Mixed reactions over heart surgery move

October 20, 2014

By Christine Keighery

The establishment of an all-Ireland children’s heart surgery centre in Dublin has been met with mixed reactions.

Last week’s announcement from Jim Wells and his counterpart in the Republic, Leo Varadkar, means scheduled paediatric heart surgery in the Royal Victoria Hospital in Belfast will come to an end in favour of a new single all-Ireland surgical unit based in Our Lady’s Children’s Hospital at Crumlin, Dublin.

Mr Wells told MLAs the implementation of a new cross-border model of co-operation  would “deliver safe and effective cardiac care to children in Northern Ireland” and provide significant opportunities for enhancing the support available to families, involving their representatives, as well as clinicians, in governance arrangements and improving communication and the flow of information between clinical teams in Dublin and Belfast.

In 2012 a national report revealed that although services for children in Belfast were safe, the unit at the Royal was not sustainable as such cardiac centres must perform a minimum of 400 children’s surgical procedures in order to maintain expertise and remain cost effective.

About 90 heart surgery operations are carried out each year by the Belfast Health Trust with a further 40 taking place in either England or Dublin.

Hundreds of families have campaigned for heart surgery to be retained in Belfast but many also see the new model as a partnership with Dublin which means that children and their families do not have to travel to England in the long term to undergo life-saving surgeries.

One Newry mum whose 21 month old daughter has undergone a number of heart operations and who will need more heart surgery as she gets older told The Examiner she backed the decision to centralise services in Dublin.

“I feel the Dublin option is much better for families from Northern Ireland as it will mean in the long term they won’t have to travel to England for operations,” explained the mum-of-two.

“When our daughter was just a few months old we had to travel to London for her heart surgery and, although the staff were fantastic, it was very tough on my partner and I.  We were alone without our family support system and we were away from our eldest child the entire time so it was difficult for her too and emotionally draining for us.

“Being able to have her upcoming surgeries performed in Dublin is so much more convenient.  We’ll be just an hour away and with having an older child to think about, it will be much easier with family and friends so close at hand.

“I also feel that, if the new service is a true collaboration between Belfast and Dublin, we’ll be dealing with consultants and doctors who know our daughter and us, and are familiar with her history. That makes such a difference when preparing for such serious surgery.”

The local mum also believes the move will benefit patients on both sides of the border as sufficient numbers of operations will be carried out on patients from all over Ireland to keep surgeons’ skills and experience up-to-date.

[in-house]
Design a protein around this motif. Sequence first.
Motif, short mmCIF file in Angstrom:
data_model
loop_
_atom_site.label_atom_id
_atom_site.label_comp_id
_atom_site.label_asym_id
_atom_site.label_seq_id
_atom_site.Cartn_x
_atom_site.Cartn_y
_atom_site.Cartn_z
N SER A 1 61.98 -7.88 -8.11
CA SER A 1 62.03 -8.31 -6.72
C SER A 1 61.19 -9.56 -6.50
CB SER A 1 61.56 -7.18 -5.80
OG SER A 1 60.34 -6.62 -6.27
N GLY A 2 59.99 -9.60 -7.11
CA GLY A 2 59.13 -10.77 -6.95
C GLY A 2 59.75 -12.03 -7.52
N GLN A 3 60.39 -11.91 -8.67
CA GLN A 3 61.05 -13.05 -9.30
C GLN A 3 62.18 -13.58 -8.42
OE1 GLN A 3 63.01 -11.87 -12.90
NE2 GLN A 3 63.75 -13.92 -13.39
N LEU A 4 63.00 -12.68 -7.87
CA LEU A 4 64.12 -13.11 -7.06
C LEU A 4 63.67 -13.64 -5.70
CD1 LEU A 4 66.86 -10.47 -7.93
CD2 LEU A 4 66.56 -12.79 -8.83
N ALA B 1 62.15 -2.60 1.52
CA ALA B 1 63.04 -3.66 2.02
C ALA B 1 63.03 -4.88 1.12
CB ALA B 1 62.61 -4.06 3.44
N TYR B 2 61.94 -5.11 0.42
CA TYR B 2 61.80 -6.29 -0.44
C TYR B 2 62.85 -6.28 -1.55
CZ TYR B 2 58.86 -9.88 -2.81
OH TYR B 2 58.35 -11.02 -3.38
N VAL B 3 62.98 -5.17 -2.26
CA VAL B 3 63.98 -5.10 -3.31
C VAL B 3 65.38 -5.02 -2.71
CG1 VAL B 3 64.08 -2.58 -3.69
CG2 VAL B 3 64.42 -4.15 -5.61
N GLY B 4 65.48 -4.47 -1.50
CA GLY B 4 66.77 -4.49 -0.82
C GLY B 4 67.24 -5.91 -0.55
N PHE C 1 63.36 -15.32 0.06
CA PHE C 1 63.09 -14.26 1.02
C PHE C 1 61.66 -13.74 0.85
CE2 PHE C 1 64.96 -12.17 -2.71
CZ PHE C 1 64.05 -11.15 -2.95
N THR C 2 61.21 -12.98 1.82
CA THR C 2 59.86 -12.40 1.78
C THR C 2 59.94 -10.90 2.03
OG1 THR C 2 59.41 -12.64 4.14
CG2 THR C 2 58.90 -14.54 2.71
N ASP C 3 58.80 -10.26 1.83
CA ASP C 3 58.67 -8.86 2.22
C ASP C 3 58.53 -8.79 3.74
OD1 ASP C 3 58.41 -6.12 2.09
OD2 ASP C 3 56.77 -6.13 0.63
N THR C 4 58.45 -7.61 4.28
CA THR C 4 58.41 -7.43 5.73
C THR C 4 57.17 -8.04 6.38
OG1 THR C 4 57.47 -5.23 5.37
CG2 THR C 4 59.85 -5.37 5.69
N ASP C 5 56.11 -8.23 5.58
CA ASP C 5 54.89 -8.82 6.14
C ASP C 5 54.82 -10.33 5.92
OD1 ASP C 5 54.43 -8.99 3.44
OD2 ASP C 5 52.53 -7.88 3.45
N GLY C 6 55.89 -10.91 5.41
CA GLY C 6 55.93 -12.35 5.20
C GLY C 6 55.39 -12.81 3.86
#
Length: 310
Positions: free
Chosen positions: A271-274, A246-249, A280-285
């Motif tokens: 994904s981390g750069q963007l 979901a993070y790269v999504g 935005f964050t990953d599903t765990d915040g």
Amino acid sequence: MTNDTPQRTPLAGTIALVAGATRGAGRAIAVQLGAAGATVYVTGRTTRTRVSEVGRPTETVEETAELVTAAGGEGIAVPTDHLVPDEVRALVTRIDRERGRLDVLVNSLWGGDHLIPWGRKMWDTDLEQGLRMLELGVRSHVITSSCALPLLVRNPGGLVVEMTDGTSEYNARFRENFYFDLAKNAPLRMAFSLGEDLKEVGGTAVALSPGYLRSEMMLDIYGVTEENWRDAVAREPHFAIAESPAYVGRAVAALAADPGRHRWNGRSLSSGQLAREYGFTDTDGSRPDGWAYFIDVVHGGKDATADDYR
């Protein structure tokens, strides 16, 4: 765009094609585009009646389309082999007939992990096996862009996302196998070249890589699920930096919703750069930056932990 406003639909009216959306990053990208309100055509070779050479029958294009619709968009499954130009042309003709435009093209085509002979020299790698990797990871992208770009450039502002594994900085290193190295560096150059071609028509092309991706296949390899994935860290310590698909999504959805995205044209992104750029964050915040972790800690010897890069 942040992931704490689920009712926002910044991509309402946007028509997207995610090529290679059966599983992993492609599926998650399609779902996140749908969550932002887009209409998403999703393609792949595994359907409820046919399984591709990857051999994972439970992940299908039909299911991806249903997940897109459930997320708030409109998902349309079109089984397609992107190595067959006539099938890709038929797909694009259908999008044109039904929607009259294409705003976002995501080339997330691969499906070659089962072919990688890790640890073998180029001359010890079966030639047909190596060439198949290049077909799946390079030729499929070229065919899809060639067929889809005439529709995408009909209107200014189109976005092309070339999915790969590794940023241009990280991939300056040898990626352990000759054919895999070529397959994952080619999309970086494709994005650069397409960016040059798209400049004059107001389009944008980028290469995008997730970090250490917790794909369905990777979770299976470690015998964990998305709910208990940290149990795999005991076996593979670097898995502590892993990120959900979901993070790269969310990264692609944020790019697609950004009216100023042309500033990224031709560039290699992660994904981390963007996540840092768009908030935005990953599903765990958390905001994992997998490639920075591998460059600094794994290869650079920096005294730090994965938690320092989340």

Ulster Unionist Councillor David Taylor has however expressed his disappointment at the decision condemning it as “callous” as the immediate impact of the removal of surgery is that more children from Northern Ireland will have to travel to England for elective surgery. This will be the position until appropriate capacity is actually in place in Dublin.

Councillor Taylor said:

“I and many other elected representatives attended public meetings organised locally by the Children’s Heartbeat Trust to discuss concerns surrounding the future of Paediatric Congenital Cardiac Services in Northern Ireland.  It was very clear by the representations elected representatives received and on the basis of the many thousands of people who had signed an online petition calling for the retention of paediatric heart surgery in Belfast that there was widespread public concern about the future of children’s cardiac services in Northern Ireland.

“The Ulster Unionist Party is therefore extremely disappointed at the Health Minister’s decision to cut services in Belfast even though he is well aware that sufficient capacity in Dublin is still at least 18 months away. It’s a reckless decision by him. At the very least he could have renewed the Service Level Agreement (SLA).”

Mr Taylor maintained that parents don’t feel their concerns have been heard and insisted that the new arrangements “will not meet the needs of families.”

“The Health Minister has promised a public consultation lasting 12 weeks, but given that the current arrangement between Belfast and Dublin, the Service Level Agreement (SLA), comes to an end in 10 weeks’ time, it is clear that his mind has already been made up and that this consultation already has a predetermined outcome. At the end of the SLA, more children from Northern Ireland requiring surgery will be transferred to a specialist centre in England.

The UUP Councillor said his party were concerned about the knock-on effect losing children’s heart services from Belfast will have on remaining cardiology skills and associated services.

“The Minister has claimed that the new model will be focused on patient care and safety; it’s essential that this is followed through and that sufficient investment in resources will follow this decision.”